In order to bring you the best possible user experience, this site uses Javascript. If you are seeing this message, it is likely that the Javascript option in your browser is disabled. For optimal viewing of this site, please ensure that Javascript is enabled for your browser.


The free consultation period for this content is over.

It is now only available year-round to EACVI Silver Members, Fellows of the ESC and Young combined Members

Myocardial and cerebral oxygenation deficits in heart failure patients - a multi-parametric study

Session Moderated ePosters session 4: CMR values and flow

Speaker Elizabeth Hillier

Congress : EuroCMR 2019

  • Topic : imaging
  • Sub-topic : Cross-Modality and Multi-Modality Imaging Topics
  • Session type : Moderated Posters
  • FP Number : 285

Authors : E Hillier (Montreal,CA), T Hafyane (Montreal,CA), M G Friedrich (Montreal,CA)

Authors:
E Hillier1 , T Hafyane2 , M G Friedrich1 , 1McGill University Health Centre - Montreal - Canada , 2Mcgill University - Montreal - Canada ,

On behalf: MUHC CMR Group

Citation:
European Heart Journal - Cardiovascular Imaging ( 2019 ) 20 ( Supplement 2 ), ii216

Introduction: Cognitive decline is a known co-morbidity of Heart Failure. Many different pathophysiological mechanisms have been suggested as etiologies underlying the development of cognitive impairment such as cerebral hypoperfusion as a result of reduced cardiac output, decreased cerebrovascular reactivity, microvascular dysfunction, arterial hypertension, and increased chronic proinflammatory response. In compromised vasculature, increased oxygen demand without an accompanying increase in blood flow would result in increased levels of deoxyhemoglobin and an SI decrease, signalling microvascular dysfunction.

Purpose: Assess the myocardial and cerebral oxygenation reserve deficits utilizing the blood oxygen level dependent properties of Oxygenation-Sensitive MRI (OS-MRI) in heart failure patients.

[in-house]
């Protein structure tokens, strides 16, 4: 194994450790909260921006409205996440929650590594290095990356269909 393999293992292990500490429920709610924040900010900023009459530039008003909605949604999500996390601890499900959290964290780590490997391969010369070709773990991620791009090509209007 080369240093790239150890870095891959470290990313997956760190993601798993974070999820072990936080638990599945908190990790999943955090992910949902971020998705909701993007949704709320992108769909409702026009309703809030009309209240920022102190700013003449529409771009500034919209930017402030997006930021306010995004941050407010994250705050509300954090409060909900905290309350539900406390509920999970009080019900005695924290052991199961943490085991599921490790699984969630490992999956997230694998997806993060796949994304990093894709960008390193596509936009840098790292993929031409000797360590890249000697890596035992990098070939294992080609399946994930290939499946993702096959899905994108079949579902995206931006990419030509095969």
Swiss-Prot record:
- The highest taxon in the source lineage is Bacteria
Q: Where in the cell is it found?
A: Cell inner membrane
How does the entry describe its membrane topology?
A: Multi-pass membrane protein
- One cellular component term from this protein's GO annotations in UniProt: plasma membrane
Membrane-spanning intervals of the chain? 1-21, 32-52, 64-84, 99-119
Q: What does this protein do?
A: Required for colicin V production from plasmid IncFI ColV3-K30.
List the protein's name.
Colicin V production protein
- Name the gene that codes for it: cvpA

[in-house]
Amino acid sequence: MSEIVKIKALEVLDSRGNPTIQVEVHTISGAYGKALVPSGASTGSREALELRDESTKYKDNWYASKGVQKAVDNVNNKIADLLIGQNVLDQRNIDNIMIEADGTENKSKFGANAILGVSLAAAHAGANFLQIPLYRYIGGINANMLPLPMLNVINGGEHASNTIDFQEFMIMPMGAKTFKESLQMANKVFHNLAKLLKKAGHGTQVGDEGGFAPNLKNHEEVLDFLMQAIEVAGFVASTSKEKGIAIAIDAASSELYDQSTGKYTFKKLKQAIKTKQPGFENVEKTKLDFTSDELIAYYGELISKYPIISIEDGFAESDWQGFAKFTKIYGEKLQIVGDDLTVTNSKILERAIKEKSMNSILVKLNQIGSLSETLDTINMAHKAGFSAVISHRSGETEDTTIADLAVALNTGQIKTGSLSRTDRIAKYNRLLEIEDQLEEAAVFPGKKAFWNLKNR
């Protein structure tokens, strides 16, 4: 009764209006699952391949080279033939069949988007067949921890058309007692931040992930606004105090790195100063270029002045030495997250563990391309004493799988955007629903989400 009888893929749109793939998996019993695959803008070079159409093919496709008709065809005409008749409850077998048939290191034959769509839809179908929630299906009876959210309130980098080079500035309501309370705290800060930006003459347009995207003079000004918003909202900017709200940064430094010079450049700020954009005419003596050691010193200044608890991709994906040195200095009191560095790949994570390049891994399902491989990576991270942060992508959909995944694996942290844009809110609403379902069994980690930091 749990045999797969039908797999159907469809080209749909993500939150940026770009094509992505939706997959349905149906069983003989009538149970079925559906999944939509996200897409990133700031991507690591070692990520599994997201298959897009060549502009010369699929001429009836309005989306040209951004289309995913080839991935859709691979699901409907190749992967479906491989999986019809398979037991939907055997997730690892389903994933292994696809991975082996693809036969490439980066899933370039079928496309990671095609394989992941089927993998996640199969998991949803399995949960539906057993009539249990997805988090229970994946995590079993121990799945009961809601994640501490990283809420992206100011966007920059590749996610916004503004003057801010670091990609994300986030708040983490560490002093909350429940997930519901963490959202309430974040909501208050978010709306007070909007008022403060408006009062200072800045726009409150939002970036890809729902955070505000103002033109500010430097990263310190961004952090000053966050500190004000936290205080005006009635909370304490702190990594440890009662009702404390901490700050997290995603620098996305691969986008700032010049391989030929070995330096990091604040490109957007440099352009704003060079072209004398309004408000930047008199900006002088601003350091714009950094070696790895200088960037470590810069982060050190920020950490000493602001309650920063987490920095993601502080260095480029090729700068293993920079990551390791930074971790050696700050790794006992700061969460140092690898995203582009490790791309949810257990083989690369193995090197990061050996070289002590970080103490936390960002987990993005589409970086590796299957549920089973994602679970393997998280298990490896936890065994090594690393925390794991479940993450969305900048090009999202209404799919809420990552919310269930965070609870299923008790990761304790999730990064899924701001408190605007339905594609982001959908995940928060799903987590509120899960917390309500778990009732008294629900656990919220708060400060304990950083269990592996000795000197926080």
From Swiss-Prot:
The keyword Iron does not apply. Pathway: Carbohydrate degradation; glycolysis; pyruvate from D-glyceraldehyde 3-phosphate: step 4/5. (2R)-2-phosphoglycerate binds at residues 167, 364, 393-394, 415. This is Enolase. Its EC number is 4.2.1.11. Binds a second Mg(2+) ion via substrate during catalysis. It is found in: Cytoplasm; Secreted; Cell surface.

Methods: Twelve heart failure patients (mean age 64±9 years; 36% female) and fourteen age-matched healthy volunteers (mean age 56±5 years; 64% female) underwent a CMR on a clinical 3T scanner (Skyra, Siemens, Erlangen, Germany). CMR functional parameters were obtained from standard SSFP cine images cine biplanar long-axis images. OS CMR images were obtained in a basal and mid-ventricular short-axis slice. The global Myocardial Oxygenation Reserve (MORE) was obtained from oxygenation sensitive SSFP short-axis cine images were acquired at resting baseline and continuously during a voluntary maximal breath-hold following a 60s period of hyperventilation. The cerebral BOLD images were obtained in the axial plane covering the full cerebrum. The global Cerebral Oxygenation Reserve (CORE) was obtained from subtraction images delineating the global signal intensity differences obtained on BOLD images in the grey matter of the brain.

Results: Heart failure patients (LVEF=40.98+/-14.18%) had a significantly lower left ventricular ejection fraction (LVEF) when compared to healthy controls (LVEF=69.46+/-6.79%) (p<0001). The percent-change in signal intensity in brain grey matter (CORE) and the global myocardium (MORE) after breathing maneuvers were significantly reduced in patients when compared to healthy controls (mean CORE 0.29+/-0.63 vs. 1.083+/-0.5047, p=0.0021, mean MORE 0.2497+/-3.495 vs. 4.451+/-4.15, p=0.0131) (Fig 1). There is a significant correlation between CORE and LVEF in heart failure patients with a Pearson correlation coefficient r=0.642, and a coefficient of determination r^2=0.4123, p=-0.032 (Fig 2).

Conclusion: The significant reduction of both cerebral and myocardial oxygenation reserves in heart failure patients when compared to healthy control subjects indicated that microvascular dysfunction of both the cerebrum and myocardium are present in heart failure patients. The presence of a significant correlation between LVEF and CORE suggests that microvascular dysfunction in the brain may be a result of chronic hypoperfusion.

The free consultation period for this content is over.

It is now only available year-round to EACVI Silver Members, Fellows of the ESC and Young combined Members



Based on your interests

Members get more

Join now
  • 1ESC Professional Members – access all resources from ESC Congress and ESC Asia with APSC & AFC
  • 2ESC Association Members (Ivory, Silver, Gold) – access your Association’s congress resources
  • 3Under 40 or in training - with a Combined Membership, access resources from all congresses
Join now

Our sponsors

ESC 365 is supported by Bayer, Boehringer Ingelheim and Lilly Alliance, Bristol-Myers Squibb and Pfizer Alliance, Novartis Pharma AG and Vifor Pharma in the form of educational grants. The sponsors were not involved in the development of this platform and had no influence on its content.

logo esc

Our mission: To reduce the burden of cardiovascular disease

Who we are